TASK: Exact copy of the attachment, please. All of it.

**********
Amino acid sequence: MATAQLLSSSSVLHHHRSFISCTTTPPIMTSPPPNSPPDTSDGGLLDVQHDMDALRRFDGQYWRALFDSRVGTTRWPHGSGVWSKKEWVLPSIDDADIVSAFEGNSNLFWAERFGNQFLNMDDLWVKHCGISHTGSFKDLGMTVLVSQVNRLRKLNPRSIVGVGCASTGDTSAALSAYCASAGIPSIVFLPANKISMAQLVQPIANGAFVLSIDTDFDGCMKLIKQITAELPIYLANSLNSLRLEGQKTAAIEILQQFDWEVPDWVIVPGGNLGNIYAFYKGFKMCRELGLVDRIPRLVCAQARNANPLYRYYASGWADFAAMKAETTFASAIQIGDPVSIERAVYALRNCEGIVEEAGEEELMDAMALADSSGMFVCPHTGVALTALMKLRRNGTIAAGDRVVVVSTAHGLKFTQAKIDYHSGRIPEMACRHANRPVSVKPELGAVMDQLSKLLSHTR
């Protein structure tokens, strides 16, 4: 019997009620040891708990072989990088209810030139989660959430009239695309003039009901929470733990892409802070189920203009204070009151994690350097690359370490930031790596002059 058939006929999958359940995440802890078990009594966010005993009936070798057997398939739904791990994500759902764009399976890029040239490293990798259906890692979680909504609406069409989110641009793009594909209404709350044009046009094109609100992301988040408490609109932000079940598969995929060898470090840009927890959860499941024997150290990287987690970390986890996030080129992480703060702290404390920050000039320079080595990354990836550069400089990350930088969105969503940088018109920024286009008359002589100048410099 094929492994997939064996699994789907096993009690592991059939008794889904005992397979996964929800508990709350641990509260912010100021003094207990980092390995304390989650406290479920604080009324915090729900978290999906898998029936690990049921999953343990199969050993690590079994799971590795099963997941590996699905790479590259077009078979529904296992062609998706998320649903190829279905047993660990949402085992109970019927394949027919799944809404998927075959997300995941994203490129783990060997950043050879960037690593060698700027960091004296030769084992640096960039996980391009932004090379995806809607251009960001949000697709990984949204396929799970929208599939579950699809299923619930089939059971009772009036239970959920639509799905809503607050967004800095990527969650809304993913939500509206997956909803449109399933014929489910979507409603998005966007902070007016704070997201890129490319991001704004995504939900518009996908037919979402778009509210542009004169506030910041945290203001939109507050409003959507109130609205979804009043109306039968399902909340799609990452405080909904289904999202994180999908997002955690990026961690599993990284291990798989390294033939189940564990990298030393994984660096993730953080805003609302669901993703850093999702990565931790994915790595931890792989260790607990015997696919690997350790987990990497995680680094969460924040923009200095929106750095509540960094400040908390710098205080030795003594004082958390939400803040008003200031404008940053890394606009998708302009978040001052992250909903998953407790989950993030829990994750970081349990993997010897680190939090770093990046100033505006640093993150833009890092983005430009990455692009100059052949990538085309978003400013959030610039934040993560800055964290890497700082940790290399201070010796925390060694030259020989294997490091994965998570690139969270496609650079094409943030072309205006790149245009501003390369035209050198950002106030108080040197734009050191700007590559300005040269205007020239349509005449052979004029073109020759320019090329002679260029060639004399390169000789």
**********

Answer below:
Amino acid sequence: MATAQLLSSSSVLHHHRSFISCTTTPPIMTSPPPNSPPDTSDGGLLDVQHDMDALRRFDGQYWRALFDSRVGTTRWPHGSGVWSKKEWVLPSIDDADIVSAFEGNSNLFWAERFGNQFLNMDDLWVKHCGISHTGSFKDLGMTVLVSQVNRLRKLNPRSIVGVGCASTGDTSAALSAYCASAGIPSIVFLPANKISMAQLVQPIANGAFVLSIDTDFDGCMKLIKQITAELPIYLANSLNSLRLEGQKTAAIEILQQFDWEVPDWVIVPGGNLGNIYAFYKGFKMCRELGLVDRIPRLVCAQARNANPLYRYYASGWADFAAMKAETTFASAIQIGDPVSIERAVYALRNCEGIVEEAGEEELMDAMALADSSGMFVCPHTGVALTALMKLRRNGTIAAGDRVVVVSTAHGLKFTQAKIDYHSGRIPEMACRHANRPVSVKPELGAVMDQLSKLLSHTR
């Protein structure tokens, strides 16, 4: 019997009620040891708990072989990088209810030139989660959430009239695309003039009901929470733990892409802070189920203009204070009151994690350097690359370490930031790596002059 058939006929999958359940995440802890078990009594966010005993009936070798057997398939739904791990994500759902764009399976890029040239490293990798259906890692979680909504609406069409989110641009793009594909209404709350044009046009094109609100992301988040408490609109932000079940598969995929060898470090840009927890959860499941024997150290990287987690970390986890996030080129992480703060702290404390920050000039320079080595990354990836550069400089990350930088969105969503940088018109920024286009008359002589100048410099 094929492994997939064996699994789907096993009690592991059939008794889904005992397979996964929800508990709350641990509260912010100021003094207990980092390995304390989650406290479920604080009324915090729900978290999906898998029936690990049921999953343990199969050993690590079994799971590795099963997941590996699905790479590259077009078979529904296992062609998706998320649903190829279905047993660990949402085992109970019927394949027919799944809404998927075959997300995941994203490129783990060997950043050879960037690593060698700027960091004296030769084992640096960039996980391009932004090379995806809607251009960001949000697709990984949204396929799970929208599939579950699809299923619930089939059971009772009036239970959920639509799905809503607050967004800095990527969650809304993913939500509206997956909803449109399933014929489910979507409603998005966007902070007016704070997201890129490319991001704004995504939900518009996908037919979402778009509210542009004169506030910041945290203001939109507050409003959507109130609205979804009043109306039968399902909340799609990452405080909904289904999202994180999908997002955690990026961690599993990284291990798989390294033939189940564990990298030393994984660096993730953080805003609302669901993703850093999702990565931790994915790595931890792989260790607990015997696919690997350790987990990497995680680094969460924040923009200095929106750095509540960094400040908390710098205080030795003594004082958390939400803040008003200031404008940053890394606009998708302009978040001052992250909903998953407790989950993030829990994750970081349990993997010897680190939090770093990046100033505006640093993150833009890092983005430009990455692009100059052949990538085309978003400013959030610039934040993560800055964290890497700082940790290399201070010796925390060694030259020989294997490091994965998570690139969270496609650079094409943030072309205006790149245009501003390369035209050198950002106030108080040197734009050191700007590559300005040269205007020239349509005449052979004029073109020759320019090329002679260029060639004399390169000789």